• People who sell the Onion are scammers. The Onion is a free publication.
  • People who sell Streetwise are OK. It is a legit program.

    By David Kinney, via Wikimedia Commons. CC-BY-SA

  • The hip hop guys on Michigan Avenue (Kings of Michigan Avenue) are awesome.
  • People who try to force a shoe-shine on you in the streets are scammers. They’ll shine your shoes with pink bathroom soap (or occasionally actual shoe polish) and ask for money. This is against the law, and most of the shoe shiners have had many, many run in with the police.
  • Keep wallets and phones in the front pocket. NOT the back pocket. Keep purses closed and secured. Never leave it sitting unattended to the side of you, and especially not gaping open.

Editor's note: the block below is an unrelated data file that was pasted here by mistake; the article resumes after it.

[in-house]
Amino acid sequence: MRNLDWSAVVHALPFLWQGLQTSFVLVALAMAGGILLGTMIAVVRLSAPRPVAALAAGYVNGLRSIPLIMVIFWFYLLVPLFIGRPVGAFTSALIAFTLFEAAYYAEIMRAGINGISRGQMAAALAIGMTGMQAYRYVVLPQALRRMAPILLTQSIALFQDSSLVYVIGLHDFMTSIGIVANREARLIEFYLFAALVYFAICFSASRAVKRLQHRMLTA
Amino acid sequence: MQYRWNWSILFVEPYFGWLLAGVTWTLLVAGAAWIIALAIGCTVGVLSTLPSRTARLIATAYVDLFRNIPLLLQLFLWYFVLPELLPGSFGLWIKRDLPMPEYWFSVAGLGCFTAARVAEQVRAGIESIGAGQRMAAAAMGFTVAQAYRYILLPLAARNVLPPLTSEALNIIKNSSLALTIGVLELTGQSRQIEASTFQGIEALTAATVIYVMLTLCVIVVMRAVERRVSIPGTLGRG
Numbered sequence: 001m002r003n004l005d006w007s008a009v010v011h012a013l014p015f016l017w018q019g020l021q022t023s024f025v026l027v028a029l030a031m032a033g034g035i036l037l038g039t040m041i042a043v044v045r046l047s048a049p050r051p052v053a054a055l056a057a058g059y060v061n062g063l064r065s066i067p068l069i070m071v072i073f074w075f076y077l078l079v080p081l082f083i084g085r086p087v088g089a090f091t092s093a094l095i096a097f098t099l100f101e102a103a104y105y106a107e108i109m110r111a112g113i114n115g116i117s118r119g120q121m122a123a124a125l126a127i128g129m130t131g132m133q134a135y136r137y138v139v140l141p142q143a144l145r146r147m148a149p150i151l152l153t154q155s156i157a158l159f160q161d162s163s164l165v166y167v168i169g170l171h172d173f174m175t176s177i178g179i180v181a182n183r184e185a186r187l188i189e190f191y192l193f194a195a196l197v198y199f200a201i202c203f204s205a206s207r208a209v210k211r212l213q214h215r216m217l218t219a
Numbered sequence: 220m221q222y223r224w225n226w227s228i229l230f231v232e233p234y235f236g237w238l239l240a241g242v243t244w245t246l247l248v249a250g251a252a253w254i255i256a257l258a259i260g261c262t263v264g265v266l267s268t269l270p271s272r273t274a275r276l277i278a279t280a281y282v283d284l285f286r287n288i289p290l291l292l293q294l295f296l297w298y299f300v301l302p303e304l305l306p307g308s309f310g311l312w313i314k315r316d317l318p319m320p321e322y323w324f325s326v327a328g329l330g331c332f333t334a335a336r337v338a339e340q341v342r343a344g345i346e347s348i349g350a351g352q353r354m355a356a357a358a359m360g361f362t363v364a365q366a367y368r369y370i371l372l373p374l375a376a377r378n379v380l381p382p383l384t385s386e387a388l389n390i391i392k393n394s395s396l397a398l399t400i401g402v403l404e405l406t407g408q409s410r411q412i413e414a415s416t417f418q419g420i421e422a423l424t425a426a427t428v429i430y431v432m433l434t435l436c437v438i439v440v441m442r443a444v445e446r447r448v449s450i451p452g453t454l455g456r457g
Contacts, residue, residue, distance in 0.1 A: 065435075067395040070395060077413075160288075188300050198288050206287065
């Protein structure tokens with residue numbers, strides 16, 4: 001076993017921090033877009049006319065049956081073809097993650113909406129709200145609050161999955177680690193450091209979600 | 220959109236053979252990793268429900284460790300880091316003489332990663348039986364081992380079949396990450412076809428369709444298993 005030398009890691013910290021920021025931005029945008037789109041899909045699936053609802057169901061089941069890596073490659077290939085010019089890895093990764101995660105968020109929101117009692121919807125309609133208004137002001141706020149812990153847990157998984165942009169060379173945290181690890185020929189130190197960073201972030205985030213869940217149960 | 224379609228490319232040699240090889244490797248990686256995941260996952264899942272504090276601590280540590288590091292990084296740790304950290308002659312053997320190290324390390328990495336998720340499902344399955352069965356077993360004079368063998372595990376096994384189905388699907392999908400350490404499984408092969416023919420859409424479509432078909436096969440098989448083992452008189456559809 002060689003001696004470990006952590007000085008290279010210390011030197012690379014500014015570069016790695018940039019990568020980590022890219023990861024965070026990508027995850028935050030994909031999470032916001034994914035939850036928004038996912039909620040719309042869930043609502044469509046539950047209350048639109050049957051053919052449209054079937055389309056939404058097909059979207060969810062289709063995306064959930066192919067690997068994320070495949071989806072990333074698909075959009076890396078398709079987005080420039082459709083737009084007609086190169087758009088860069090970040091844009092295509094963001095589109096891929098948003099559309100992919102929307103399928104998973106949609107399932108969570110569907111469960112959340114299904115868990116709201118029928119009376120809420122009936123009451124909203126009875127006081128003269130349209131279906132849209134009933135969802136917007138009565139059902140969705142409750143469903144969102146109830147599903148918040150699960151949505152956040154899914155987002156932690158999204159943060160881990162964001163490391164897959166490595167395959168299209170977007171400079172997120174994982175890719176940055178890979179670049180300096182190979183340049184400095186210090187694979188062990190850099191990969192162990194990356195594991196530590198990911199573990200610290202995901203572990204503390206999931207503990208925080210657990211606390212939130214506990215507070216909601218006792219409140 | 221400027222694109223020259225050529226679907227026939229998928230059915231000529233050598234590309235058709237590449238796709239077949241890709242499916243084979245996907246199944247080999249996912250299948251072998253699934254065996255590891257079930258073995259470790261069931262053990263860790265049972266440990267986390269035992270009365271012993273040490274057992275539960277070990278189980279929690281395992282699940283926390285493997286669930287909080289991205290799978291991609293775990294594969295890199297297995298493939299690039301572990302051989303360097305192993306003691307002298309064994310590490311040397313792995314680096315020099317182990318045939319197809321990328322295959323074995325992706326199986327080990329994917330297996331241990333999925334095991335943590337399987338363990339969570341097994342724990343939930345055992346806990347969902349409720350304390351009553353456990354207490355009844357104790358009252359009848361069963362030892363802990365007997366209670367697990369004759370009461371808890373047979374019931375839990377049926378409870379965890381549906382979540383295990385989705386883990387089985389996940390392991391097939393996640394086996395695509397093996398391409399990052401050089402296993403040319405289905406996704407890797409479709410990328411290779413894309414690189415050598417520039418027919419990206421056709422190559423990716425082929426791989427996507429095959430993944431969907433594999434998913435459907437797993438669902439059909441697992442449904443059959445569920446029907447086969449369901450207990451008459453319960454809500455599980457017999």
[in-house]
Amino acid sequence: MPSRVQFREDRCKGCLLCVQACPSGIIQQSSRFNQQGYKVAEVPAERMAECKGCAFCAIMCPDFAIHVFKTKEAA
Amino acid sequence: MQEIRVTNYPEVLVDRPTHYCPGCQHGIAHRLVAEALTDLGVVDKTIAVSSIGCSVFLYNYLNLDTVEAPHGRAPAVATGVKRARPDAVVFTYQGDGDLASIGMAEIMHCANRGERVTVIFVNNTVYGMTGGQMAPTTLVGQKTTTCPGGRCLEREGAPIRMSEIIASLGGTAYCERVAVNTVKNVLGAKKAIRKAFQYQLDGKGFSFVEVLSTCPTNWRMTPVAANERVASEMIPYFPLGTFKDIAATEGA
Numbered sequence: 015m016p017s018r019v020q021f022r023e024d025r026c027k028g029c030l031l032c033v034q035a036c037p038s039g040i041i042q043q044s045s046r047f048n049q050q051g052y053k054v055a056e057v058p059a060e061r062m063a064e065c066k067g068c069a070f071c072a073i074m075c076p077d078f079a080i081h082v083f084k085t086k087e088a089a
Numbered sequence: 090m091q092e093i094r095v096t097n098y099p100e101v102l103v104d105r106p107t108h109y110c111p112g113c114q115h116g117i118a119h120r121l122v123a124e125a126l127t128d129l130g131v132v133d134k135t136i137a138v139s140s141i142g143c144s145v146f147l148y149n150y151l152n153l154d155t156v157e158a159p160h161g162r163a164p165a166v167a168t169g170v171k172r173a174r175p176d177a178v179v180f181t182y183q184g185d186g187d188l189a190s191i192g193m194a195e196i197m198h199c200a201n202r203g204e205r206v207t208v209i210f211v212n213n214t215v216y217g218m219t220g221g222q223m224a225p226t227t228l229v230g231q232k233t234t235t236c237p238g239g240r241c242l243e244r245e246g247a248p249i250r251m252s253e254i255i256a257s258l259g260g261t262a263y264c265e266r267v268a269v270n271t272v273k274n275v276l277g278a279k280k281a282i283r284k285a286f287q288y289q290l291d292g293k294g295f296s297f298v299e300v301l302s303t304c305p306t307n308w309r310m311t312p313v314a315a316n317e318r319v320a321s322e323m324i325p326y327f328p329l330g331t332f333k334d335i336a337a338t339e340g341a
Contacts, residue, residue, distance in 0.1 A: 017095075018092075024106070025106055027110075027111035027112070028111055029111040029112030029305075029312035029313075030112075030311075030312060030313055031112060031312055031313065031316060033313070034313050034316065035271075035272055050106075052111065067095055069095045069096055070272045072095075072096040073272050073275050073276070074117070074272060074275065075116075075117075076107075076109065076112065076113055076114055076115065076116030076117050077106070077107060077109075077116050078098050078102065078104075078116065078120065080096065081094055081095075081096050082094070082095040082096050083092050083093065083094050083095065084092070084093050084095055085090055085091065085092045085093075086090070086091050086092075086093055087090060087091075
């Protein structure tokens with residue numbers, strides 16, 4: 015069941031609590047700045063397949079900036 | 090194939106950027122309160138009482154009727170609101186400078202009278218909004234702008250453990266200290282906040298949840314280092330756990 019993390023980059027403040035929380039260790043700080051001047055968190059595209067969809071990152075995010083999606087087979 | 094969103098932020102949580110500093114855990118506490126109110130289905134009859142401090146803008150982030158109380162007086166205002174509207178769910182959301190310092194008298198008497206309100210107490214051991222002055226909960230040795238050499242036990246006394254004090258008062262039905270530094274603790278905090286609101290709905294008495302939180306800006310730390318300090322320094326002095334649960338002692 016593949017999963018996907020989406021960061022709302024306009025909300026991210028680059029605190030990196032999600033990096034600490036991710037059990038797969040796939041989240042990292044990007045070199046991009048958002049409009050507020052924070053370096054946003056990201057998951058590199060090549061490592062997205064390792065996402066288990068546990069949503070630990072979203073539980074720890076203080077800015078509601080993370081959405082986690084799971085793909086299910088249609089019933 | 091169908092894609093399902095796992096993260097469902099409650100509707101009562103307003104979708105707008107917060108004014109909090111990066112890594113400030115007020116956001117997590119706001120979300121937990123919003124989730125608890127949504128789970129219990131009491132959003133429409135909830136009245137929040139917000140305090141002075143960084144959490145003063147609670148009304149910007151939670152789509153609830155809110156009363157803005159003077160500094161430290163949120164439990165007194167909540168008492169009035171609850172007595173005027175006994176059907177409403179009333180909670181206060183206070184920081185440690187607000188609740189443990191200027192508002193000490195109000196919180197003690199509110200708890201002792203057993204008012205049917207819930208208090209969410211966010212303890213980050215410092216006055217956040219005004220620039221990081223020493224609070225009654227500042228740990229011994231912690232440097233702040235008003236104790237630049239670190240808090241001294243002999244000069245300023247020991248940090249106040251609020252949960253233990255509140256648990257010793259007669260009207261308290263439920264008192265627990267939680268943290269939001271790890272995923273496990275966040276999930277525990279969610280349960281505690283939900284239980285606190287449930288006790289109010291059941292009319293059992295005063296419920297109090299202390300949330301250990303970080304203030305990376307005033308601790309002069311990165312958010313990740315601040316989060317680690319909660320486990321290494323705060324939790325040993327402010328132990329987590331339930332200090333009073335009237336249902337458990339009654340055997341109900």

• Don’t wear your conference badge out and about. Stow them. Otherwise you’re practically screaming “I’M A TARGET” to pickpockets.
  • Buskers—people who play music or sing in the train stations—are legit. They’re required to have their permit visible, and they are allowed to collect tips.


The CTA is fast (except buses in traffic), reliable (except when stuck in traffic), and takes you anywhere in the city for cheap. Buy 1, 3, or 7-day passes while you’re in town, and you can get unlimited rides during that time. It’s a lot cheaper than a cab, and you’ll get a better taste of the city. Even with the CTA, you are going to be walking a lot. Be warned, and wear comfy shoes.

  • There are free CTA apps for both iPhone and Androids. Download them, try them out. I have no specific recommendations—they all do basically the same thing. Or you can go to the CTA’s website and track buses or trains from your phone’s browser, instead.
  • Google Maps has transit options when getting directions. I’ve found it to be quite reliable.
  • Passes can be bought at the airport, in train stations, and at Walgreens/CVS.unlimitedpasses
  • Take the train in from the airport, whether it’s O’Hare or Midway. The Blue and Orange lines are FAR cheaper than cabs.